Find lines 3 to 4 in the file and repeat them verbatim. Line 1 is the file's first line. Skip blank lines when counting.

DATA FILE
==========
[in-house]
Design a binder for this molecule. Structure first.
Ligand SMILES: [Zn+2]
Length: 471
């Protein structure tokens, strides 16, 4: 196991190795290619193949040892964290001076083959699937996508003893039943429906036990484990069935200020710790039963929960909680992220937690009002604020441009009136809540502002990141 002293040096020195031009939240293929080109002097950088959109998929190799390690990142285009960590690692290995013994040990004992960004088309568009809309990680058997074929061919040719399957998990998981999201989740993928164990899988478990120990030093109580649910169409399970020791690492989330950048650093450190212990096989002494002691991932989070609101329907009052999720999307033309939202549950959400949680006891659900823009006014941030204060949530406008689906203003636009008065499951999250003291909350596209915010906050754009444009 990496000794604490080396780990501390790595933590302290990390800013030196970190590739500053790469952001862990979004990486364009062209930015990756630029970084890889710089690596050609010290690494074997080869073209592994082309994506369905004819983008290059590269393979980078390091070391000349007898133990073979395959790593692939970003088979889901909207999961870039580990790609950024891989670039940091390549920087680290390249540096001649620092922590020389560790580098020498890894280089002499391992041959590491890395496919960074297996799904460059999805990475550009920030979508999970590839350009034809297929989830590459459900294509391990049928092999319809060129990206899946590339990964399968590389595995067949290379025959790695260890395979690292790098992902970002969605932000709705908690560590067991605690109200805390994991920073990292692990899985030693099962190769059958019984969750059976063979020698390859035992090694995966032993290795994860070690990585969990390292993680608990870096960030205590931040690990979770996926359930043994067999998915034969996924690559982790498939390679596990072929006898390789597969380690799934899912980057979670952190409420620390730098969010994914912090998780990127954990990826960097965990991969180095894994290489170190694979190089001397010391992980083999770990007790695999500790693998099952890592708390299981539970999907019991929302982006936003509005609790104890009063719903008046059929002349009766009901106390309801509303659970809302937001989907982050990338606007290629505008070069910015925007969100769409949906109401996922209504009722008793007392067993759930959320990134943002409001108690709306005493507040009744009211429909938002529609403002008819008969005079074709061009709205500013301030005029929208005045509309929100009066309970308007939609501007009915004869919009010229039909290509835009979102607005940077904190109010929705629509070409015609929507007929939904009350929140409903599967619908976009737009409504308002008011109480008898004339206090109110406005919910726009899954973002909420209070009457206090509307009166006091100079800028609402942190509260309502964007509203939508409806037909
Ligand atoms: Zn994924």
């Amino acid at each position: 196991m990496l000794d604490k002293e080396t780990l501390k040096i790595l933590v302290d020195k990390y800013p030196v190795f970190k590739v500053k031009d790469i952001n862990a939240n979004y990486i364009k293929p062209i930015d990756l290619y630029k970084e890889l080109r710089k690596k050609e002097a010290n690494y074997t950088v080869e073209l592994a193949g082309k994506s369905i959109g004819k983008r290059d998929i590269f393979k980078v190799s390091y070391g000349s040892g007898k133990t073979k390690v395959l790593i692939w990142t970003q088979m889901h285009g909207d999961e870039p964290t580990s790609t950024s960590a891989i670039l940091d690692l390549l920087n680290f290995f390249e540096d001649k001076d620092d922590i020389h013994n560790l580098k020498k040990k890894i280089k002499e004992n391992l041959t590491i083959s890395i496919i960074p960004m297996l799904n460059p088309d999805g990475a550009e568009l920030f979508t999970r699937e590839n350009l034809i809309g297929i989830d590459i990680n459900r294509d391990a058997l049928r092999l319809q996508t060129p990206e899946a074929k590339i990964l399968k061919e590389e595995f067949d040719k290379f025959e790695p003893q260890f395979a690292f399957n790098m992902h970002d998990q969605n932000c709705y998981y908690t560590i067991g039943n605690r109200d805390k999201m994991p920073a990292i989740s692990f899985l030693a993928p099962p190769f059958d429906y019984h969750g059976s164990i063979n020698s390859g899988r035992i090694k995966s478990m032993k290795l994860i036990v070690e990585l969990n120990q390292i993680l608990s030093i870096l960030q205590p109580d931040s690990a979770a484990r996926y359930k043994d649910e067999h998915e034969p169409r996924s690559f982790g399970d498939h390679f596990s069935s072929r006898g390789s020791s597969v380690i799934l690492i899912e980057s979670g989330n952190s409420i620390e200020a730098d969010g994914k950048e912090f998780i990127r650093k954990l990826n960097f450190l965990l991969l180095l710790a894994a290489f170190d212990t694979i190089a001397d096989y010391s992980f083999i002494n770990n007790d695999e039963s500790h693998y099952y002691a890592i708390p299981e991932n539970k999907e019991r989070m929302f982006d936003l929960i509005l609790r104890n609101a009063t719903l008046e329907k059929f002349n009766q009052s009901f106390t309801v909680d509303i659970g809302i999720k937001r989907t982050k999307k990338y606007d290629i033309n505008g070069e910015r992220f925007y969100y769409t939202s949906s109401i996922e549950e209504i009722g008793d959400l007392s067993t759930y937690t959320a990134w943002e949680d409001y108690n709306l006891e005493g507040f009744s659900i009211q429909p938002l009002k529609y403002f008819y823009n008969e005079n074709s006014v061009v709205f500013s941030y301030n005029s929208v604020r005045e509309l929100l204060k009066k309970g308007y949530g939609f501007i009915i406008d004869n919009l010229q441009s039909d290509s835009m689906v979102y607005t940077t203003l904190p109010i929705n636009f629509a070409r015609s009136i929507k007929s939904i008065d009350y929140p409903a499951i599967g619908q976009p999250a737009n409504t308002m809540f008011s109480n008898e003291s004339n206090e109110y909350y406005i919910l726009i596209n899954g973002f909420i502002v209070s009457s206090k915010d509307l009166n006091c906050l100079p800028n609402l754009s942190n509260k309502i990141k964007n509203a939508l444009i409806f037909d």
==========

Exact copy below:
Ligand SMILES: [Zn+2]
Length: 471